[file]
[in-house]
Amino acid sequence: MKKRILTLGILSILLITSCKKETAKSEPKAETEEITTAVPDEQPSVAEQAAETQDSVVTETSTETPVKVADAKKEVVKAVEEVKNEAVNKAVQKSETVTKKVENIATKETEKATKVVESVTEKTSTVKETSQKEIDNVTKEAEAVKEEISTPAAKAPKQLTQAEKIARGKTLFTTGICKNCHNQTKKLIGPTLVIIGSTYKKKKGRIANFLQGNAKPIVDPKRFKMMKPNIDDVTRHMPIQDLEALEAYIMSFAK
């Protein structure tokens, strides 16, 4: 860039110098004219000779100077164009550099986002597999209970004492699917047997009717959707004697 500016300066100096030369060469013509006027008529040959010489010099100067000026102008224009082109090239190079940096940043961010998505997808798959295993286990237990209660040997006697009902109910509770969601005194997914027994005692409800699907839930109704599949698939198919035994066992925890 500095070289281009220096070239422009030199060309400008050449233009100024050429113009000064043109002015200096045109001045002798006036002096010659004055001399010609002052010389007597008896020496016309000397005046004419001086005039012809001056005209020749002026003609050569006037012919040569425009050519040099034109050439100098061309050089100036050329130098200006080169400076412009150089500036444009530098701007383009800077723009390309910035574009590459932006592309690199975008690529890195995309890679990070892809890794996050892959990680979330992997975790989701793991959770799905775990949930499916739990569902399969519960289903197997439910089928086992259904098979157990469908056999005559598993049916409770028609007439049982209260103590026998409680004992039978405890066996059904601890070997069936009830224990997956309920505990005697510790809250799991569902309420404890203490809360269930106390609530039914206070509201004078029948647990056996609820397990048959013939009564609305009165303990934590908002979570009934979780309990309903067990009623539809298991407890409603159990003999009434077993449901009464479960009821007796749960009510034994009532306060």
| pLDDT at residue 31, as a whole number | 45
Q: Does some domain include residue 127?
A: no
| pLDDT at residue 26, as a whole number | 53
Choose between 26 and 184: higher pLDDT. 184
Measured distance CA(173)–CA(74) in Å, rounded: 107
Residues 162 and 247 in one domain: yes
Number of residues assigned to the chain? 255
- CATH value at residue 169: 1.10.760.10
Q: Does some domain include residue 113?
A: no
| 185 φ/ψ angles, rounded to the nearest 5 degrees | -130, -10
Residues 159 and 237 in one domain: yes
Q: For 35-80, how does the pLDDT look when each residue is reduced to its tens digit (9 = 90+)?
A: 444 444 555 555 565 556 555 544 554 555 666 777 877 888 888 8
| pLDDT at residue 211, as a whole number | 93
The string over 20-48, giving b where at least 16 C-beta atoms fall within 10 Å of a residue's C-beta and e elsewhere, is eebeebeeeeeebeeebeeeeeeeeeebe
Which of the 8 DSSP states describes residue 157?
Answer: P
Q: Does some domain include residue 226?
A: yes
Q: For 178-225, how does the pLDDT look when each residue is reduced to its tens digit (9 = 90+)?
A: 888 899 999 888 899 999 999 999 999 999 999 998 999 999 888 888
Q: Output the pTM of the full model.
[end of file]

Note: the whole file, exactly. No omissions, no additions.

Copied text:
[in-house]
Amino acid sequence: MKKRILTLGILSILLITSCKKETAKSEPKAETEEITTAVPDEQPSVAEQAAETQDSVVTETSTETPVKVADAKKEVVKAVEEVKNEAVNKAVQKSETVTKKVENIATKETEKATKVVESVTEKTSTVKETSQKEIDNVTKEAEAVKEEISTPAAKAPKQLTQAEKIARGKTLFTTGICKNCHNQTKKLIGPTLVIIGSTYKKKKGRIANFLQGNAKPIVDPKRFKMMKPNIDDVTRHMPIQDLEALEAYIMSFAK
């Protein structure tokens, strides 16, 4: 860039110098004219000779100077164009550099986002597999209970004492699917047997009717959707004697 500016300066100096030369060469013509006027008529040959010489010099100067000026102008224009082109090239190079940096940043961010998505997808798959295993286990237990209660040997006697009902109910509770969601005194997914027994005692409800699907839930109704599949698939198919035994066992925890 500095070289281009220096070239422009030199060309400008050449233009100024050429113009000064043109002015200096045109001045002798006036002096010659004055001399010609002052010389007597008896020496016309000397005046004419001086005039012809001056005209020749002026003609050569006037012919040569425009050519040099034109050439100098061309050089100036050329130098200006080169400076412009150089500036444009530098701007383009800077723009390309910035574009590459932006592309690199975008690529890195995309890679990070892809890794996050892959990680979330992997975790989701793991959770799905775990949930499916739990569902399969519960289903197997439910089928086992259904098979157990469908056999005559598993049916409770028609007439049982209260103590026998409680004992039978405890066996059904601890070997069936009830224990997956309920505990005697510790809250799991569902309420404890203490809360269930106390609530039914206070509201004078029948647990056996609820397990048959013939009564609305009165303990934590908002979570009934979780309990309903067990009623539809298991407890409603159990003999009434077993449901009464479960009821007796749960009510034994009532306060």
| pLDDT at residue 31, as a whole number | 45
Q: Does some domain include residue 127?
A: no
| pLDDT at residue 26, as a whole number | 53
Choose between 26 and 184: higher pLDDT. 184
Measured distance CA(173)–CA(74) in Å, rounded: 107
Residues 162 and 247 in one domain: yes
Number of residues assigned to the chain? 255
- CATH value at residue 169: 1.10.760.10
Q: Does some domain include residue 113?
A: no
| 185 φ/ψ angles, rounded to the nearest 5 degrees | -130, -10
Residues 159 and 237 in one domain: yes
Q: For 35-80, how does the pLDDT look when each residue is reduced to its tens digit (9 = 90+)?
A: 444 444 555 555 565 556 555 544 554 555 666 777 877 888 888 8
| pLDDT at residue 211, as a whole number | 93
The string over 20-48, giving b where at least 16 C-beta atoms fall within 10 Å of a residue's C-beta and e elsewhere, is eebeebeeeeeebeeebeeeeeeeeeebe
Which of the 8 DSSP states describes residue 157?
Answer: P
Q: Does some domain include residue 226?
A: yes
Q: For 178-225, how does the pLDDT look when each residue is reduced to its tens digit (9 = 90+)?
A: 888 899 999 888 899 999 999 999 999 999 999 998 999 999 888 888
Q: Output the pTM of the full model.